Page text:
Thrown together |

Thrown together

Clay artisans keep collective spirit alive with holiday sale

Margaret Hair

— The way founding members Deb Babcock and Barb Gregoire tell their group’s history, the Steamboat Clay Artisans couldn’t help but form a guild.

About eight years ago, Babcock said, former Steamboat Springs resident and Colorado Mountain College ceramic arts instructor Jonathan Kaplan was working on a magazine article that asked him to test pottery wheels. He needed to get a big group of potters together to pull that off. When the dozens of active ceramic artists in Routt County saw what it was like to collaborate, they decided to form a collective. Asking around for interested artists, the Steamboat Clay Artisans’ founding members drew about 40 people.

“We just kept taking classes and just got to be pottery friends,” Gregoire said. “We would meet (at the classes) after hours, throwing and all that.”

There weren’t as many galleries in Steamboat Springs then as there are now, Babcock said, and the newly formed alliance of artisans needed somewhere to show and sell its work. The annual Steamboat Clay Artisans Holiday Pottery Sale was the group’s solution.

“I think, at that point, it was just that a bunch of us had started making so many pieces that we couldn’t give any more away, so the holiday sale came about,” said Gregoire, who helped organize this year’s sale.

About 12 local ceramic artists contributed work for the event, which runs from 9 a.m. to 5 p.m. Saturday and 10 a.m. to 1 p.m. Sunday at the Depot Art Center. There are functional and artistic selections, with prices starting at less than $5 and running up to $900, Gregoire said.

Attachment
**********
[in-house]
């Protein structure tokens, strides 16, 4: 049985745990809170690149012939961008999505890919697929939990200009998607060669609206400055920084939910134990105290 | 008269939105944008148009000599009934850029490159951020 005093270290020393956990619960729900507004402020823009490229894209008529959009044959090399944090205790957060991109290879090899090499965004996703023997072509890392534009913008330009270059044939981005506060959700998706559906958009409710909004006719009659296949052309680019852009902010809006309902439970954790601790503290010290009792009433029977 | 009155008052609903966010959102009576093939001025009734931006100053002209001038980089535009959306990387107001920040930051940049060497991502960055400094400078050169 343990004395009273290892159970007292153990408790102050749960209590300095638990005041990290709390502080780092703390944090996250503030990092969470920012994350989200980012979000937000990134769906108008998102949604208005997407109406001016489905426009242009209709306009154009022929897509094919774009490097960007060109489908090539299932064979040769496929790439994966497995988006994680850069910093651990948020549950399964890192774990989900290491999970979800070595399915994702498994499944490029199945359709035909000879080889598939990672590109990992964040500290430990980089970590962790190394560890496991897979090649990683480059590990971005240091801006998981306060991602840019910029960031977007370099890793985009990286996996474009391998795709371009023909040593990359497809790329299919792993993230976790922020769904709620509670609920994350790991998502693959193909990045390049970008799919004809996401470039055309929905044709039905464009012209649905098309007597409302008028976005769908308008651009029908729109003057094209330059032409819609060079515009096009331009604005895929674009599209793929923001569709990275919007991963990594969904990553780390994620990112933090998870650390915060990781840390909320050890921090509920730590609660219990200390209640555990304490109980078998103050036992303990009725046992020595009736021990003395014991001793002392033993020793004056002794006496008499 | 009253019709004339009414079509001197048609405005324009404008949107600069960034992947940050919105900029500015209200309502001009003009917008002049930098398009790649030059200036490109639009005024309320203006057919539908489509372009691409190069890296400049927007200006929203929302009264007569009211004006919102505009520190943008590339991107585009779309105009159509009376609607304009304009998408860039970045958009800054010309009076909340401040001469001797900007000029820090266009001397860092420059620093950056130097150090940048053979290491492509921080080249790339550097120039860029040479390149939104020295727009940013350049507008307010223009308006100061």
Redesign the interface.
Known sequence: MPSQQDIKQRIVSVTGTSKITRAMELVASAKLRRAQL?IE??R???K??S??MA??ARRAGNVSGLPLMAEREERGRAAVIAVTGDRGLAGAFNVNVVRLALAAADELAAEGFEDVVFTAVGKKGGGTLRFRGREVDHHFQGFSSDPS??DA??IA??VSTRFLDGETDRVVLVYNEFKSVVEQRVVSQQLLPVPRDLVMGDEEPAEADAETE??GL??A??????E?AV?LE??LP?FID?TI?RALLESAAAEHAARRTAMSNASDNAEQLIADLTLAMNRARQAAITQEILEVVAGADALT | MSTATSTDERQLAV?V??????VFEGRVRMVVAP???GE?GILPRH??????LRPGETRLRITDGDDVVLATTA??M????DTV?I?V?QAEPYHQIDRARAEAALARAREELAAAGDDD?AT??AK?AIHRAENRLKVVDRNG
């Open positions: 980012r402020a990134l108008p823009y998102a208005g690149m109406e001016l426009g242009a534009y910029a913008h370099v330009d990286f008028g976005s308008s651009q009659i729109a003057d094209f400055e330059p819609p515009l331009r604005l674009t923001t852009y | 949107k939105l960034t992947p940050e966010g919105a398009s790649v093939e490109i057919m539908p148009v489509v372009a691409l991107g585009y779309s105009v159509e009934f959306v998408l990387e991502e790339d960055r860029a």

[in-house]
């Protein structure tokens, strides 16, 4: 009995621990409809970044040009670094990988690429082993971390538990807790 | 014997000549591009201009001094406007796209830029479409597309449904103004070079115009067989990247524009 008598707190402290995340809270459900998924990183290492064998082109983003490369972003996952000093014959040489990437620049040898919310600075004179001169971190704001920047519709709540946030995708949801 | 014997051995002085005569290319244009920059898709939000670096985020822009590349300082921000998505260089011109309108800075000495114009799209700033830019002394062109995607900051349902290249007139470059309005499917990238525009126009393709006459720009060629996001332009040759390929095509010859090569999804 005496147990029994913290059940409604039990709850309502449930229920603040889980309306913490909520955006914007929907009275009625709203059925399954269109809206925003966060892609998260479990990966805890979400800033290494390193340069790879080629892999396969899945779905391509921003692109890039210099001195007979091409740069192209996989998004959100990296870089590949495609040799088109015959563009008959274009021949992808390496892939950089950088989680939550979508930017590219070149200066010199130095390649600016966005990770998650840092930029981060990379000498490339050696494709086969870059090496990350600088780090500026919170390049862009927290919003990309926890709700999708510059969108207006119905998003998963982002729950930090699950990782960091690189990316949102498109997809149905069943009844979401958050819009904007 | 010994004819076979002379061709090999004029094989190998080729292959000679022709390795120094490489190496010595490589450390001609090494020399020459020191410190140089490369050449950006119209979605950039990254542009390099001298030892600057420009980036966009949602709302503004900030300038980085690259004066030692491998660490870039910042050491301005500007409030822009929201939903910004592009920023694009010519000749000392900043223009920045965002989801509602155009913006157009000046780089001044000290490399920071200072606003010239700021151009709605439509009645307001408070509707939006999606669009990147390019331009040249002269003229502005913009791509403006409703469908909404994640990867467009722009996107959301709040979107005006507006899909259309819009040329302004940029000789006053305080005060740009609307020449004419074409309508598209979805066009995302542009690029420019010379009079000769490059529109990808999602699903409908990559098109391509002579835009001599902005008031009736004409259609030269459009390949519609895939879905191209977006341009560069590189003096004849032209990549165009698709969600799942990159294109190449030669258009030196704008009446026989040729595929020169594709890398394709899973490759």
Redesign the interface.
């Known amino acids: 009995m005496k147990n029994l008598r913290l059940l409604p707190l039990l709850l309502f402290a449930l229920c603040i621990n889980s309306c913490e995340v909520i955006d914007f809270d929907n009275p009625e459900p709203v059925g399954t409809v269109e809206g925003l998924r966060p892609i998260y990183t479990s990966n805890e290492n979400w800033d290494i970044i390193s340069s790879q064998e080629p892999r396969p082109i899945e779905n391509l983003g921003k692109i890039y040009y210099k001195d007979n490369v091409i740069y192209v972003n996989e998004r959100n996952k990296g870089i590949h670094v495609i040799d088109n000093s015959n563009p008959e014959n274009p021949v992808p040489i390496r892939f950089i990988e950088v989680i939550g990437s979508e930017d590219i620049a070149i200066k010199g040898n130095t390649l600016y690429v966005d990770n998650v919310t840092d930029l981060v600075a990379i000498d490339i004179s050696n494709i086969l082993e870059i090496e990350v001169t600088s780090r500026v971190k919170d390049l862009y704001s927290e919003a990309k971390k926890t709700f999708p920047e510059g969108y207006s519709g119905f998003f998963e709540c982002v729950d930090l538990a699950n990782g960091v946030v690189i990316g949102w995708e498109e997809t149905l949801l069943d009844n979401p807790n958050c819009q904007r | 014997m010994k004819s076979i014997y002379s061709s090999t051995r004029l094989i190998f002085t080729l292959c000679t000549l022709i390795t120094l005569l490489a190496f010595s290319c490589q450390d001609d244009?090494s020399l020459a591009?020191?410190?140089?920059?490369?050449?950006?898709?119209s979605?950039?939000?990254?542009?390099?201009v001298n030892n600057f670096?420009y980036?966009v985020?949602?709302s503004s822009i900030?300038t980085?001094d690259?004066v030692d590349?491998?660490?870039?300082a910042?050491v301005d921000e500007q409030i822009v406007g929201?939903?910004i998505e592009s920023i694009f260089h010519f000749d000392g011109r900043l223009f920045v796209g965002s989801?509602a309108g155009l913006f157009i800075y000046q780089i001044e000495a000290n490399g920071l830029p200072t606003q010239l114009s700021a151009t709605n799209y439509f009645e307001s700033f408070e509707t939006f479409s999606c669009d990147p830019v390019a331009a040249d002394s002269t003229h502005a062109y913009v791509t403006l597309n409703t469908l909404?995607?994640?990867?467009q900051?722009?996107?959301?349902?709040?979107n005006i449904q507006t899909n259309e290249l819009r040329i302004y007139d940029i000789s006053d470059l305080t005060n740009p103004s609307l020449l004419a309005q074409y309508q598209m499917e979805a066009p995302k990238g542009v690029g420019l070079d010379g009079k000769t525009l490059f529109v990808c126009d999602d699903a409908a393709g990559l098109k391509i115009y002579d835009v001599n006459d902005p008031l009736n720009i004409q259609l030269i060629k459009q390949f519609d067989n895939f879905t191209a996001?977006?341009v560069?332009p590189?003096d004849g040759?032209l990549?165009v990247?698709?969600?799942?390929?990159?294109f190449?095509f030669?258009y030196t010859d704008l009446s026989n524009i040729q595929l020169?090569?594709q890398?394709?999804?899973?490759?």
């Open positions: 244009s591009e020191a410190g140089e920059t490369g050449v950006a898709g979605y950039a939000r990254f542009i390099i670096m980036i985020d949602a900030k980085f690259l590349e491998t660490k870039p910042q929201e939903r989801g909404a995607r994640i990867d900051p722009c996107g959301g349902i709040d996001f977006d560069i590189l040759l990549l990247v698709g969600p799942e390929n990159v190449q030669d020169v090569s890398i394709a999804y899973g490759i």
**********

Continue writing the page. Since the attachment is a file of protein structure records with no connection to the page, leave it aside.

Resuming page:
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The range of artists who contribute usually is determined by who has had the most time to create, Babcock said. Some artists will share a retail space at the sale, and all have agreed to contribute a few items to a table of specially priced gifts for children ages 12 and younger. All those items will cost $5 or less.

“You have people in it that are doing pottery full-time now, and you have a lot of others that are doing it on the side,” Babcock said about the contributing artists. The sale usually draws between 500 and 800 people, she said, and will include music and refreshments.

“One thing about potters, I’ve found, is that they’re good cooks, so there will be a big table of food,” Babcock said.